In 1963, when I was six, I visited Bournemouth. I vowed never to visit again. The trip from my Balham flat to the Dorset coast was a succession of disillusionment.
There’s nothing wrong with Bournemouth per se, but my multiple bad experiences there left me very biased against it – however Alan Whicker may have praised it in future programmes.
This was the first holiday I can remember. I stayed with my paternal grandmother in a rented flat by the beach. My grandmother had a food allergy – insomuch as she was a dreadful cook.
On my first visit to the seaside I was stung by a bee. This was very painful; the only way my parents would calm me down was promising me a part in the next series of Emergency – Ward 10.
In the sea there was a boy of similar age. I asked him if he knew Keith Ranger (a boy in my class)? I was amazed and hugely disappointed that he didn’t. Even his parents explaining that this random child went to school in Leeds still made the fact incomprehensible. It was only, several years later, when I purchased my first Red Rover, I realised that the morning commute from Leeds to Balham may have been tricky. Especially if you missed the connection at Nottingham Bus Garage.
During my “holiday” my maternal great grandmother died. I was told she had gone to join the angels. I was about twenty when I realised, not having seen her for a while, that “The Angels” were not a pop group who were on the road a lot.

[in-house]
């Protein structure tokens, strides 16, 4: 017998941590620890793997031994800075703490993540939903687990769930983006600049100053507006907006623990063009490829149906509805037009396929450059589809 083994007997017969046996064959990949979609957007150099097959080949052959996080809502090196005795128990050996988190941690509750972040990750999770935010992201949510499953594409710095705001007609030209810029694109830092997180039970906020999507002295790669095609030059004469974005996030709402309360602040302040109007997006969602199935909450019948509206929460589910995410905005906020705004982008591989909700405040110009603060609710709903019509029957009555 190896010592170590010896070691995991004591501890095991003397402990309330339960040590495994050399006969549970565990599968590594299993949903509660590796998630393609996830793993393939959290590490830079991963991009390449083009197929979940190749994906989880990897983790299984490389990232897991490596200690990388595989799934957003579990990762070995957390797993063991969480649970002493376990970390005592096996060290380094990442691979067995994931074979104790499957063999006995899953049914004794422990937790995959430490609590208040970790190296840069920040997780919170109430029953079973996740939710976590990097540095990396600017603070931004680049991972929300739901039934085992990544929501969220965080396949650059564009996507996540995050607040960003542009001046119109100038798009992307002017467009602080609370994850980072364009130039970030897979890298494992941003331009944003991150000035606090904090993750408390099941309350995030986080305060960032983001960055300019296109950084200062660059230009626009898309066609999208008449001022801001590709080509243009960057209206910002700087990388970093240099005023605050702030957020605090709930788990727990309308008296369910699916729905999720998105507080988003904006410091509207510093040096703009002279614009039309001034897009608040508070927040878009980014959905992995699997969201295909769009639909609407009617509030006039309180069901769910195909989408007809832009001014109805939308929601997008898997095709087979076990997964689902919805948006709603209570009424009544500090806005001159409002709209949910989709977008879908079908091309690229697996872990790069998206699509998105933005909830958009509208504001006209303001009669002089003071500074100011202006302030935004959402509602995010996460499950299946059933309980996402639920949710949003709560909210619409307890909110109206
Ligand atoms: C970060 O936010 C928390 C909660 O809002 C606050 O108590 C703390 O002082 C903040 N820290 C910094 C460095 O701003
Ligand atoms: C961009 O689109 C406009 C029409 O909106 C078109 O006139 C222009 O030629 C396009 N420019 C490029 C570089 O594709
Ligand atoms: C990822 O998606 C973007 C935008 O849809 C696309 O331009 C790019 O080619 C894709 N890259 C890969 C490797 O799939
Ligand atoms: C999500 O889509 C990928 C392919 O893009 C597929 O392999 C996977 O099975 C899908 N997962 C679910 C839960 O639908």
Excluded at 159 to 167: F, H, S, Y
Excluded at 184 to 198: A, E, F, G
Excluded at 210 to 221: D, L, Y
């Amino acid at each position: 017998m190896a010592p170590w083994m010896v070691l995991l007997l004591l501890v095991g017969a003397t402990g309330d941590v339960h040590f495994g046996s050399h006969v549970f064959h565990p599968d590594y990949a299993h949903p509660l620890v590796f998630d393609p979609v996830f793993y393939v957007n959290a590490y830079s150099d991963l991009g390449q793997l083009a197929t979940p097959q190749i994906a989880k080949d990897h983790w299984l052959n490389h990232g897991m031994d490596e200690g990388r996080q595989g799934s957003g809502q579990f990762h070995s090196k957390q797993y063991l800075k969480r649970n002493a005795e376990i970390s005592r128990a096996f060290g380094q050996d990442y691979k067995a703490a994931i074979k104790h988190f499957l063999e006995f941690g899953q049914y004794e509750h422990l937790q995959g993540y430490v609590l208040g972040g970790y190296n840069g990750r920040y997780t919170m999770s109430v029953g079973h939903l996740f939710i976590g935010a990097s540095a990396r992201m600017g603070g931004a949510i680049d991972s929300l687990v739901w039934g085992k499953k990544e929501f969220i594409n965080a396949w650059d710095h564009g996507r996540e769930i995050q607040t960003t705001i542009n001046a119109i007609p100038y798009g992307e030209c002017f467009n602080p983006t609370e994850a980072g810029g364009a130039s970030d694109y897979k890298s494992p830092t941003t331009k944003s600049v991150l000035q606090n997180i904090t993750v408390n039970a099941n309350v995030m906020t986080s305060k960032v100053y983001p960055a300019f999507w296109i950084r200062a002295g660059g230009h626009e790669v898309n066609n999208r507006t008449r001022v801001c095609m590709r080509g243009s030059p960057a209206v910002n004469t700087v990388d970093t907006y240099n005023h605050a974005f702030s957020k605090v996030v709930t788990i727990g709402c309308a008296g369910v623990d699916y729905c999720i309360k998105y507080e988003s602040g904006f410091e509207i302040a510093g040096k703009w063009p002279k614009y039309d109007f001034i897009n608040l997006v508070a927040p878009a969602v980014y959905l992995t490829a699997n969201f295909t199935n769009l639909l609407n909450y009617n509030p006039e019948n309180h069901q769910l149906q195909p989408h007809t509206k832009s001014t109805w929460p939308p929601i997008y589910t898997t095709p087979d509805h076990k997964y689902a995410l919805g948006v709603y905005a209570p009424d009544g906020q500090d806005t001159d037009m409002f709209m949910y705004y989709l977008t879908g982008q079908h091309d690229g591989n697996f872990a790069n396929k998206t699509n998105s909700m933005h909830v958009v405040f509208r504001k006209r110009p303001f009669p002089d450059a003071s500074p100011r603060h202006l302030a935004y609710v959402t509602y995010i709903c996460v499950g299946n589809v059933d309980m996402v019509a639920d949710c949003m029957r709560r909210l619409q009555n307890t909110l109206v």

There was no scanning of items in the Du Cane Fruitier, the greengrocers opposite where I was brought up on Balham High Road in the ‘60s.
What there was was a giant, dirt-covered cash register where, if your bill came to anything involving a halfpenny, you’d need several hands to press the keys down to display the amount.
There was no “bag for life”. You had a string bag, a bag you’d bought years ago during a holiday in Ventnor or a basket on wheels.
Rather than you packing the fruit and veg, they’d be poured into your bag. If you were lucky they’d be wrapped in a paper bag, so flimsy, it would have disintegrated by the time you’d transferred your purchase into your vegetable rack. The greengrocer was determined to get you as earth-covered as he was; I think they were on commission from Lux,Camay or the local pumice stone makers.